Secretary of State Hillary Clinton will finally take questions from members of Congress on Wednesday about the deadly terror attack on the U.S. diplomatic mission in Benghazi, Libya.
Lawmakers have long wanted Clinton's full accounting of the Sept. 11 assault that killed Ambassador Christopher Stevens and three other Americans.
They also want to ask her about diplomatic security, which the State Department has since re-examined at posts located in overseas hot spots. Agency officials have acknowledged shortcomings and promised changes.
Some of the toughest questions before the House Foreign Affairs Committee and the Senate Foreign Relations Committee are expected to focus on the Obama administration's slow-to-evolve public explanation of the attack, which triggered an uproar in the middle of a presidential election campaign.
U.N. Ambassador Susan Rice took most of the political heat as mainly Republican lawmakers seized on her public comments the administration has said were based on fast-moving intelligence that later proved to be incorrect.
Still, some Republicans suggested the administration sought to mute the true nature of the attack to prevent President Barack Obama's political opponents from fully exploiting it in the final weeks of the November campaign.
The issue was so polarizing that Clinton's decision to postpone an initial appearance before Congress in December due to health problems was questioned by her harshest critics as a possible dodge.
It was revealed that she had a virus and suffered a concussion. Clinton was then hospitalized for a blood clot, only returning to work two weeks ago.
Her testimony will be public and will likely be the most difficult moment of her final days as America's top diplomat.
Despite the controversy, Clinton's poll numbers remain high.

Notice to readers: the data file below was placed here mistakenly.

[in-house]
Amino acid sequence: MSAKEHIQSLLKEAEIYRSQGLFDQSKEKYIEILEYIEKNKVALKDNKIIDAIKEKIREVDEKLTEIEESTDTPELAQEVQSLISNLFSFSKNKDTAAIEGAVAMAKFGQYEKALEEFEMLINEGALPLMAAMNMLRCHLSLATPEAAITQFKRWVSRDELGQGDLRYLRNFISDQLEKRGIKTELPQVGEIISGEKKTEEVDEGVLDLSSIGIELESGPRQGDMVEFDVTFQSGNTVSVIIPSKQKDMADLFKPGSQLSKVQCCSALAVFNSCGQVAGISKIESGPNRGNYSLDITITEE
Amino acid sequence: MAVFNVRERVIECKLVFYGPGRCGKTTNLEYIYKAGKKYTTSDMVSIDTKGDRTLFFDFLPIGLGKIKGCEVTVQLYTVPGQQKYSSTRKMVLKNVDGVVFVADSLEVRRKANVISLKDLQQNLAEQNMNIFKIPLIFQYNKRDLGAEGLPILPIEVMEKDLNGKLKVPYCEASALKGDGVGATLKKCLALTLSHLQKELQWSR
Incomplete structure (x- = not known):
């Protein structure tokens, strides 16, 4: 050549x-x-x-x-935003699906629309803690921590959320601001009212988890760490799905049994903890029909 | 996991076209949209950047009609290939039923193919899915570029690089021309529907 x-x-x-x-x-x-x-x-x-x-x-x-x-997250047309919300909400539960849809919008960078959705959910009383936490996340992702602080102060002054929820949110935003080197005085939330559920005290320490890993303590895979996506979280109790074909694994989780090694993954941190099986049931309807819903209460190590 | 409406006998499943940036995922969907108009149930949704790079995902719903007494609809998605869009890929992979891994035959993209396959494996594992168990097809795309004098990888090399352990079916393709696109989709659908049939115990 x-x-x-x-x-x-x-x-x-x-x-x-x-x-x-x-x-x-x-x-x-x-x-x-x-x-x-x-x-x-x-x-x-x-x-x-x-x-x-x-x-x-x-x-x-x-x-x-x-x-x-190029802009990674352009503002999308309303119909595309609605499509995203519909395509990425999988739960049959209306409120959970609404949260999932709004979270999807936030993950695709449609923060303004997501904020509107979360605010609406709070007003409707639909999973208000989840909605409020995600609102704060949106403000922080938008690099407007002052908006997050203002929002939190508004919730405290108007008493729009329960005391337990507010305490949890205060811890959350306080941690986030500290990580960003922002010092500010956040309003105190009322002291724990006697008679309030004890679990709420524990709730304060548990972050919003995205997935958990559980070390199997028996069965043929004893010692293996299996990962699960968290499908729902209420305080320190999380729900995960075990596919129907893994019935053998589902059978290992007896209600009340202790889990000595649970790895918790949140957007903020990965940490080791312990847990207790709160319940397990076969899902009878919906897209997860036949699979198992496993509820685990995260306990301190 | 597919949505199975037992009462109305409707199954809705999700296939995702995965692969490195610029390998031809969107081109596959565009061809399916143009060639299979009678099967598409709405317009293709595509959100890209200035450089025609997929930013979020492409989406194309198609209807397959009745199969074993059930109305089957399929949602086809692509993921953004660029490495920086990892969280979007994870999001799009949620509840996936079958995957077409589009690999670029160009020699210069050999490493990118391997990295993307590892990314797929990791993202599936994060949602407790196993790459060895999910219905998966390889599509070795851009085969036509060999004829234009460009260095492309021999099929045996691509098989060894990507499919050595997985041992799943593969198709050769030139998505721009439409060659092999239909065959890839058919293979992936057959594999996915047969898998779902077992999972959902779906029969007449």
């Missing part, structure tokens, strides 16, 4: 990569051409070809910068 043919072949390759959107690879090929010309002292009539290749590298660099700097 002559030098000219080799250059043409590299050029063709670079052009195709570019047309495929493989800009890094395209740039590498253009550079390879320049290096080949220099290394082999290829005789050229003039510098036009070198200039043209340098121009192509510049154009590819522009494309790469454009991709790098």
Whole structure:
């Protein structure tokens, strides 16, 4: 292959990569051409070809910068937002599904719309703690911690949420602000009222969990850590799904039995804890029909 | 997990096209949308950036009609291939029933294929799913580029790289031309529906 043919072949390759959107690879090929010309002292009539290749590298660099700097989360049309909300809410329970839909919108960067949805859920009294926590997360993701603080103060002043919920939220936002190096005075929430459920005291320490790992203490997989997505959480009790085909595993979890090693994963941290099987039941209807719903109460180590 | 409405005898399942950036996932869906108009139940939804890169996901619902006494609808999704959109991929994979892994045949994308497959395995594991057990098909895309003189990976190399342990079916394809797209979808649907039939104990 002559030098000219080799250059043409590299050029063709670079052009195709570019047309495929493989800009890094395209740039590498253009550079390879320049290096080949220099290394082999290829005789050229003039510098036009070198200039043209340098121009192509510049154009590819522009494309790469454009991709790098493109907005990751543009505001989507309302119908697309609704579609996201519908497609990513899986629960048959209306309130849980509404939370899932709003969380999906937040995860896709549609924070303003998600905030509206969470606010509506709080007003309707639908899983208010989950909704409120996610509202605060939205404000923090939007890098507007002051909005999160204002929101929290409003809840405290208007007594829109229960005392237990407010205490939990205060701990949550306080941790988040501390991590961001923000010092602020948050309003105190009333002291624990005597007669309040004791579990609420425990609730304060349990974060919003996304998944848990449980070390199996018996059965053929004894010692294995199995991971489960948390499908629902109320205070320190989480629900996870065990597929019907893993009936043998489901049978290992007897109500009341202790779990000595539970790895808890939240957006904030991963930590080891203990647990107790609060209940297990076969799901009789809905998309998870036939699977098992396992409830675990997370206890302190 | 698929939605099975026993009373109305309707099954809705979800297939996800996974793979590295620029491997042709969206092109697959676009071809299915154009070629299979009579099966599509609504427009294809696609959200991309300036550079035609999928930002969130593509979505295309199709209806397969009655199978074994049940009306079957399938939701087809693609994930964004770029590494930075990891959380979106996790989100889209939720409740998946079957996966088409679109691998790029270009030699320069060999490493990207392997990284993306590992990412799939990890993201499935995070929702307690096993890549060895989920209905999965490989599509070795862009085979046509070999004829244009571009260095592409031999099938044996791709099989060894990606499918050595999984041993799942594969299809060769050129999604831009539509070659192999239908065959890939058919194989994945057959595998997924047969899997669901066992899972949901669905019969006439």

Some of the potential questions she will face:
What did Clinton know?
Republican Sen. John McCain wants a full explanation of Clinton's understanding of the attack -- what happened before, during and after.
The 2008 GOP presidential nominee and the top Republican member of the Senate Armed Services Committee, McCain told CNN this week that he feels "the American people were clearly deceived."
McCain told reporters eight days after the attack that he had information the State Department had been warned.
In mid November, McCain took to the floor of the Senate and accused Obama of lying about the attack.
"The American people have received nothing but contradictory statements from all levels of our government," he said.
The Pentagon released an official timeline that highlighted when Defense Secretary Leon Panetta and his senior commanders were first informed and when follow up decisions were made involving the military.
The timeline shows Panetta and Joint Chiefs Chairman Gen. Martin Dempsey were told of the attack about an hour after it started. Both were on their way to the White House for an already scheduled meeting with the president. Thirty minutes later, Obama was directing the Pentagon to do all it could to help, according to senior Pentagon officials.
What does Clinton know about cables warning of security threats?